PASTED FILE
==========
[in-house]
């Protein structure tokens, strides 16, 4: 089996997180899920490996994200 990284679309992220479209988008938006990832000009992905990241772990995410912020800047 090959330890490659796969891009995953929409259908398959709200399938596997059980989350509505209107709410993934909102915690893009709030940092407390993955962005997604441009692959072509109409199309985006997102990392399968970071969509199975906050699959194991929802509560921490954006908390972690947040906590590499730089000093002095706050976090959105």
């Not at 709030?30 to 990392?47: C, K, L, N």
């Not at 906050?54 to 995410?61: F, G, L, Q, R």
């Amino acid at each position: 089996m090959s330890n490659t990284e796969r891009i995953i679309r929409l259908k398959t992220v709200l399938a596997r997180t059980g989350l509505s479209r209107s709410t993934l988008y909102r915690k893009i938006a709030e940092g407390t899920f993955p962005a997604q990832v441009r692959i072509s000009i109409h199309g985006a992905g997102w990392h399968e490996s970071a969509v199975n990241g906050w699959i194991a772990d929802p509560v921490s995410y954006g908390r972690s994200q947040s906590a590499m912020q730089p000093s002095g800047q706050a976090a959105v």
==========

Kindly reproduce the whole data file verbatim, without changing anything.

[in-house]
């Protein structure tokens, strides 16, 4: 089996997180899920490996994200 990284679309992220479209988008938006990832000009992905990241772990995410912020800047 090959330890490659796969891009995953929409259908398959709200399938596997059980989350509505209107709410993934909102915690893009709030940092407390993955962005997604441009692959072509109409199309985006997102990392399968970071969509199975906050699959194991929802509560921490954006908390972690947040906590590499730089000093002095706050976090959105």
């Not at 709030?30 to 990392?47: C, K, L, N």
């Not at 906050?54 to 995410?61: F, G, L, Q, R």
């Amino acid at each position: 089996m090959s330890n490659t990284e796969r891009i995953i679309r929409l259908k398959t992220v709200l399938a596997r997180t059980g989350l509505s479209r209107s709410t993934l988008y909102r915690k893009i938006a709030e940092g407390t899920f993955p962005a997604q990832v441009r692959i072509s000009i109409h199309g985006a992905g997102w990392h399968e490996s970071a969509v199975n990241g906050w699959i194991a772990d929802p509560v921490s995410y954006g908390r972690s994200q947040s906590a590499m912020q730089p000093s002095g800047q706050a976090a959105v």